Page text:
L'Oreal execs on trial for 'racist' hiring tactics

19th May 2006, Comments 0 comments

PARIS, May 18, 2006 (AFP) - Three executives from the French cosmetics group L'Oréal and the temporary employment giant Adecco went on trial on Thursday in Paris, accused of applying racist hiring policies.

PARIS, May 18, 2006 (AFP) - Three executives from the French cosmetics group L'Oréal and the temporary employment giant Adecco went on trial on Thursday in Paris, accused of applying racist hiring policies.

The executives — who work for Garnier, one of L'Oréal's top brands, Adecco and its subsidiary Districom — are accused of using ethnic profiling to filter out non-white candidates for a Garnier promotional campaign in 2001.

They are charged, along with their employers, of "discrimination based on origin, nationality or ethnic background", in a case brought by the rights group SOS Racism.

According to the prosecution, a fax sent by Districom specified that Garnier wanted only "BBR" or 'Bleu-Blanc-Rouge' hostesses — meaning red, white and blue, the colours of the French flag — for its campaign.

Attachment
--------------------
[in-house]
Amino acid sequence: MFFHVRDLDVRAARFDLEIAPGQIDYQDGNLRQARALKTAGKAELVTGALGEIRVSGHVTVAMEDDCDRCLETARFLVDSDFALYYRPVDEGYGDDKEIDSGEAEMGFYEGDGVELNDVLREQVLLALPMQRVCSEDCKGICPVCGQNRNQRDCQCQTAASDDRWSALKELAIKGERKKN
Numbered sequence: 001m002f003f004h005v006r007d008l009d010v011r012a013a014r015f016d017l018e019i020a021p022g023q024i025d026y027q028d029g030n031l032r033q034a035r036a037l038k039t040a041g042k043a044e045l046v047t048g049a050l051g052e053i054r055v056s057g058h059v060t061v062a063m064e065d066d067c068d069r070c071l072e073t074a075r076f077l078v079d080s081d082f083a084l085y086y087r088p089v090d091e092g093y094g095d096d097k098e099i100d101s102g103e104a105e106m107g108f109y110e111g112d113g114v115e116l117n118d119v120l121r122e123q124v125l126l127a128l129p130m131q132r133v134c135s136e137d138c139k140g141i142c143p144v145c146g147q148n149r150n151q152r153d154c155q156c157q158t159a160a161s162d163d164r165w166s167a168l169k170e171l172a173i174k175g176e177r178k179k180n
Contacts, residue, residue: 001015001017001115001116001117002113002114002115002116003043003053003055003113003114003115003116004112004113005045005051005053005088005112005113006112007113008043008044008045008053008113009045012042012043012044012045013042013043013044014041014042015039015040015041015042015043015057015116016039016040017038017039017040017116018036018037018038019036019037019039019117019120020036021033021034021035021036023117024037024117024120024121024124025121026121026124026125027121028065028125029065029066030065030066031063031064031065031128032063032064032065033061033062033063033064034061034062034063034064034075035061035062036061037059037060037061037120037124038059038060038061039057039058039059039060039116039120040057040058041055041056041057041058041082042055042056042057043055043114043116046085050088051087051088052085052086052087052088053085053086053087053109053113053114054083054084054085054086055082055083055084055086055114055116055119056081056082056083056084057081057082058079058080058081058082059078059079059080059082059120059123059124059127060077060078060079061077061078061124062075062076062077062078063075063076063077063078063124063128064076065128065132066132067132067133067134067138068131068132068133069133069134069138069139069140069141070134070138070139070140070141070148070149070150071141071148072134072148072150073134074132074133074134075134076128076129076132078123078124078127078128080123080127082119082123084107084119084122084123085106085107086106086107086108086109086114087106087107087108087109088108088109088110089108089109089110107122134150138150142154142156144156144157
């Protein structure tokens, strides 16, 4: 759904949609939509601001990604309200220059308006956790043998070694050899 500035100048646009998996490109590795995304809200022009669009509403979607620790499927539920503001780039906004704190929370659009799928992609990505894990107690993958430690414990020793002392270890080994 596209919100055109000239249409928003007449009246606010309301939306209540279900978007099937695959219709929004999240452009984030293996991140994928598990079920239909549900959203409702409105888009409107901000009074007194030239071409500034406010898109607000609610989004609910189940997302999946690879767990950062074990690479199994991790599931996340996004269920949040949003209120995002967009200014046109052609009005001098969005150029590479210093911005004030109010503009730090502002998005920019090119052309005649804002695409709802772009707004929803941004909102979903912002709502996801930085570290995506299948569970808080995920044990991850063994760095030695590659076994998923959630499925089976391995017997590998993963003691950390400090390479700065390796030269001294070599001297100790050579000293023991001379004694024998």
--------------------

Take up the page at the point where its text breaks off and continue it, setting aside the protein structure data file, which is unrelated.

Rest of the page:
The defendants deny the accusation, saying the "BBR" tag simply meant that candidates should have a good command of the French language.

France has stepped up its efforts to combat racism following last year's riots in high-immigration suburbs, and the number of complaints filed with the HALDE anti-discrimination body has jumped from 150 to 270 per month.

Anti-racism groups say discrimination is widespread in the French job market but that offenders are rarely made to face trial.

According to the vice-president of SOS Racism, Samuel Thomas, large French companies — and particularly recruitment specialists — commonly use a system of codes to refer to the ethnic profiles of candidates.

Among a number of cases being investigated, he said, one Paris recruitment firm was found to use a scale running from "PR1" for white candidates, to "PR4" for candidates of African origin.

"We want to dismantle the entire system underlying the discriminations," said Thomas, whose group pioneered the practice of undercover testing to expose racist offenders in France — from nightclubs to job agencies.

Copyright AFP

Subject: French news

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